What is the SWIRL Strategy for Working ELLs
The word SWIRL always makes me think of a toilet bowl flush which is why I was really surprised to find it being mentioned a lot amongst teachers of ELLs.
Turns out, SWIRL is a simple and wonderful way of thinking about how you organize your lessons with your ELLs.
The acronym SWIRL stands for Speaking, Writing, Interacting, Reading, and Listening.
This strategy aims to create a balanced approach to language learning by emphasizing the development of both receptive (listening & reading) and productive (speaking & writing) language skills.
Students get good at what they practice. If you only read, they will improve in reading words on a page, but not necessarily at speaking, writing, vocabulary, or content knowledge. The same goes for listening. If students only ever listen, they will be able understand fairly well, but struggle to speak, read, or write.
Overview of the SWIRL Strategy for Teaching ELLs
Here’s a quick overview of each of the letters of SWIRL:
- Speaking: ELLs need to talk. A lot. This can include activities such as discussions, debates, presentations, role-playing, and group conversations. The focus is on developing fluency, accuracy, and confidence in spoken English.
- Writing: ELLs need lots of low-pressure opportunities to put down ideas or summarize content by writing. This can involve various writing tasks such as essays, reports, summaries, creative writing, and journaling. The emphasis is on developing grammatical accuracy, vocabulary usage, organization, and clarity in written expression.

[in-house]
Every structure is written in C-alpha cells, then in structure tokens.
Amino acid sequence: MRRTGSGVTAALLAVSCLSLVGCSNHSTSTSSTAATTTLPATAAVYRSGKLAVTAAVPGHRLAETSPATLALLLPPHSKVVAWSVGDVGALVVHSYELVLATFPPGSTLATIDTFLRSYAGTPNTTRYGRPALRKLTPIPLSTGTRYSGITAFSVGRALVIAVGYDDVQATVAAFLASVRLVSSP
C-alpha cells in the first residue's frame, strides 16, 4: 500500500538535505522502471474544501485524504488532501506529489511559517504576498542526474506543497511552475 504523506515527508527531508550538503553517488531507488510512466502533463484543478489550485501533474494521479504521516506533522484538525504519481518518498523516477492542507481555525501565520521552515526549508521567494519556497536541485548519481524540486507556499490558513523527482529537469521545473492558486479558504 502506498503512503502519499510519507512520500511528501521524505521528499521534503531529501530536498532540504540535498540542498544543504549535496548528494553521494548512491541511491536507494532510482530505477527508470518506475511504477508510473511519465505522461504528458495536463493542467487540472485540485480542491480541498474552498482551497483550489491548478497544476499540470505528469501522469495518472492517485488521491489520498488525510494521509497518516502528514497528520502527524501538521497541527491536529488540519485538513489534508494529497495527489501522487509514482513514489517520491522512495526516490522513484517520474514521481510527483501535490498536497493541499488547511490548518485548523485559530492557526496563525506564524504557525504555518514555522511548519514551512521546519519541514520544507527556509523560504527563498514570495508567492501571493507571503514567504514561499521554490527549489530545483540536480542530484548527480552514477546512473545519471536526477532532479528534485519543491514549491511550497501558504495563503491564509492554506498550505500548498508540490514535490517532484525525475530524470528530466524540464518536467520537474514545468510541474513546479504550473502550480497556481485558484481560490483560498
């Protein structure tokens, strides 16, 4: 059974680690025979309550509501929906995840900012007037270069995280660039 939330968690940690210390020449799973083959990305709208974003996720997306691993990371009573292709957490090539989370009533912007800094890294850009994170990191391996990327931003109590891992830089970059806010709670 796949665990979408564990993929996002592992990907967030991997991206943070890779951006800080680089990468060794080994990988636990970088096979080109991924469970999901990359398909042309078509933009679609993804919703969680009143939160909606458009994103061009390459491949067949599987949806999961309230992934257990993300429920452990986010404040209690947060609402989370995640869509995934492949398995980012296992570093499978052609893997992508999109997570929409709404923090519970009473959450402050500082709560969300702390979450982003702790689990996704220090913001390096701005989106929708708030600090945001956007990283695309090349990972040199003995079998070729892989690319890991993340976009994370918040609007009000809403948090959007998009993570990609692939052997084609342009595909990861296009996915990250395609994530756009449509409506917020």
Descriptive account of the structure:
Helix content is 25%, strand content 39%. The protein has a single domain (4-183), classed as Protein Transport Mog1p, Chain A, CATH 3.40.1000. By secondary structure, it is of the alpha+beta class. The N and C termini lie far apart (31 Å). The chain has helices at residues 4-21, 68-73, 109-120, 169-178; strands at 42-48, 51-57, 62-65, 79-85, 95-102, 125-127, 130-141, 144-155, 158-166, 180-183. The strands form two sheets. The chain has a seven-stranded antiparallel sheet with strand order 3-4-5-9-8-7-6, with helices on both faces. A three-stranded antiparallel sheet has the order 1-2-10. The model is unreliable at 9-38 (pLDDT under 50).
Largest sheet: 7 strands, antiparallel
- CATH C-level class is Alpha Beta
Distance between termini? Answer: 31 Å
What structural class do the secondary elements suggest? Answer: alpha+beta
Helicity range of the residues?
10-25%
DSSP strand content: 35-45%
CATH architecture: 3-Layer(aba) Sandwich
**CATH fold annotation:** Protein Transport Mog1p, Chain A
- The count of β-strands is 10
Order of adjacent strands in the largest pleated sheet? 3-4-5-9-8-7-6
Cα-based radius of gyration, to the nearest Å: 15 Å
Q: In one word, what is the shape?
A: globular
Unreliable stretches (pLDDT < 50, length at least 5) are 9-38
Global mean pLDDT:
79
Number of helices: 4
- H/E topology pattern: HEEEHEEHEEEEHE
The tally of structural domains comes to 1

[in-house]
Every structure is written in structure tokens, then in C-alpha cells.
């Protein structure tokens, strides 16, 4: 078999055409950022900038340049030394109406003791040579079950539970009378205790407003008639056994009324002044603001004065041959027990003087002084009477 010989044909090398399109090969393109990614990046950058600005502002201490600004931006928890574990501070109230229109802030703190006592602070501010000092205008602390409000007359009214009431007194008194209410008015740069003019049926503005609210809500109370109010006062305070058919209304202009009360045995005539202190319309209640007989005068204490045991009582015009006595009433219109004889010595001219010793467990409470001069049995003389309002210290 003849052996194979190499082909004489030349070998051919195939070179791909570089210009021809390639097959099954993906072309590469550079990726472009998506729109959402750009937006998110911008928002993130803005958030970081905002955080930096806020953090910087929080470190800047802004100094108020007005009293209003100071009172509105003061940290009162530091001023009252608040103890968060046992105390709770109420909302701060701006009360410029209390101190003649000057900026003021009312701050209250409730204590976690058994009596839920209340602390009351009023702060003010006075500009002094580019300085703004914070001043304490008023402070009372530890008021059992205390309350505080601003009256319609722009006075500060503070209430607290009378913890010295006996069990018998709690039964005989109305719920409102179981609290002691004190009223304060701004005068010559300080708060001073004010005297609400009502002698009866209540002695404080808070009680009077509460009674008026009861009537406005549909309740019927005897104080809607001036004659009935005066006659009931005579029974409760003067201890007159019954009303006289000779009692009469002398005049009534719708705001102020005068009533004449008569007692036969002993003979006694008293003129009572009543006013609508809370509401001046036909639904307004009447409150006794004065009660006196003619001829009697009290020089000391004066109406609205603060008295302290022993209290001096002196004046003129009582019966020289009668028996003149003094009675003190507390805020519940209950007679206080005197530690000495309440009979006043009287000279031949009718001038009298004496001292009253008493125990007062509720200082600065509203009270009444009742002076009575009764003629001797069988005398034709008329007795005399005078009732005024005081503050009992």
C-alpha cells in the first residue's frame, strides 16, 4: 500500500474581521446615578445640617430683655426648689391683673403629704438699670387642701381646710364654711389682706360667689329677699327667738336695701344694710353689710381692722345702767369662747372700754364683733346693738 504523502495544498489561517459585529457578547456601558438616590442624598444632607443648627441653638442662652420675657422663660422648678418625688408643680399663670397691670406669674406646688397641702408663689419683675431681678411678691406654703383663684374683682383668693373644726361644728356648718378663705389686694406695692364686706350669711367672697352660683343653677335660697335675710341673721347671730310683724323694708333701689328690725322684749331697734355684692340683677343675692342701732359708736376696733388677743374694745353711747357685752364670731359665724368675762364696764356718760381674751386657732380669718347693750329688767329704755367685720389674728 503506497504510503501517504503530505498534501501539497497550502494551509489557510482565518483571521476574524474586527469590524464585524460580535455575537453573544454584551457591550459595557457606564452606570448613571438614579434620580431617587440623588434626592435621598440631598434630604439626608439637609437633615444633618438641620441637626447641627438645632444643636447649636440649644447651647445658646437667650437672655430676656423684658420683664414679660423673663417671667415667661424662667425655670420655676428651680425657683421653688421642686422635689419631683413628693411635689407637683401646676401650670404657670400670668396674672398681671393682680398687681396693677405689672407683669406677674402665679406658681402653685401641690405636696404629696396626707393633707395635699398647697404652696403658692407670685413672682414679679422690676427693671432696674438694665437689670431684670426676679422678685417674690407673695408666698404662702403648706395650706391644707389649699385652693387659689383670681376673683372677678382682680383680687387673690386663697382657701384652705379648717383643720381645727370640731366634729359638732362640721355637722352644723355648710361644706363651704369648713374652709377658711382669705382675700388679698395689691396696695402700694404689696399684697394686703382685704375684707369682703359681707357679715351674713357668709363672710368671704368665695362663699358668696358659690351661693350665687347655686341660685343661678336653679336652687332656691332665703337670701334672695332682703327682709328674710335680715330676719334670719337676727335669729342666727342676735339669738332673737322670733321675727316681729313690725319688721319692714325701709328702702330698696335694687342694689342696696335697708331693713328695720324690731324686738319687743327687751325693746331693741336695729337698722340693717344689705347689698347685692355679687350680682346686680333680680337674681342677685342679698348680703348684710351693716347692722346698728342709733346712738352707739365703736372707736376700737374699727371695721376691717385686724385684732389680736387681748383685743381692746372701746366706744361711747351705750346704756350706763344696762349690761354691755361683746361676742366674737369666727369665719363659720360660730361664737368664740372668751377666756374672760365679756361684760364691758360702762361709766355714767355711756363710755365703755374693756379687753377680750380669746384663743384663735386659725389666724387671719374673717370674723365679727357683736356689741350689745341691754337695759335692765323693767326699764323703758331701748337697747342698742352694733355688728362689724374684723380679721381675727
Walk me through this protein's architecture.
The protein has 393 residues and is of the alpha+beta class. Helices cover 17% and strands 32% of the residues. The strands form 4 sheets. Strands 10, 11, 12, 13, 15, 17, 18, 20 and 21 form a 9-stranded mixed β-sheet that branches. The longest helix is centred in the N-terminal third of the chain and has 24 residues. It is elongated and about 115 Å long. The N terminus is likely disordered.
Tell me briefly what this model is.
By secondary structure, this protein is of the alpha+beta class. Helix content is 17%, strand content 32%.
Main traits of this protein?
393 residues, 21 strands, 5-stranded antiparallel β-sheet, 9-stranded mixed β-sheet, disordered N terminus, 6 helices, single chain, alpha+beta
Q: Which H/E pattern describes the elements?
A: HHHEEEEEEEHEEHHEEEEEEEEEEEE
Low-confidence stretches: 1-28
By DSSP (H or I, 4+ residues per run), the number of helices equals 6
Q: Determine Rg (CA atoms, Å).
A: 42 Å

- Interacting: Too often, teachers talk at the front. Students sit and listen. I like that the “I” in SWIRL is in the middle because I feel like it is the core to everything else. Students should be engaged in every activity of your class. It should not be the teacher talks for 90% of the time and then the students write for 10%. This can include pair work, group projects, problem-solving tasks, and simulations. The goal is to encourage active participation, negotiation of meaning, and the development of social and interpersonal skills.
- Reading: Reading is obviously a major priority for our students. Any and all reading is helpful. This can be articles, short stories, jokes, sample texts, and excerpts from books. Students can be asked to read for specific purposes, engage in discussions about the text, and develop reading strategies to improve their comprehension skills.
- Listening: Listening is sort of automatically involved in every class since you and the students will be talking and others will be listening. Just be careful not to assume that just because something was said that all of the students were listening. Listening activities need to put all students on the spot to respond. This is why turn and talk activities are so effective when you are teaching students content. Listening activities can audio recordings, watching videos, participating in turn and talks, and engaging in class discussions or debates based on the listening material. The focus is on developing students’ ability to understand spoken English and respond appropriately.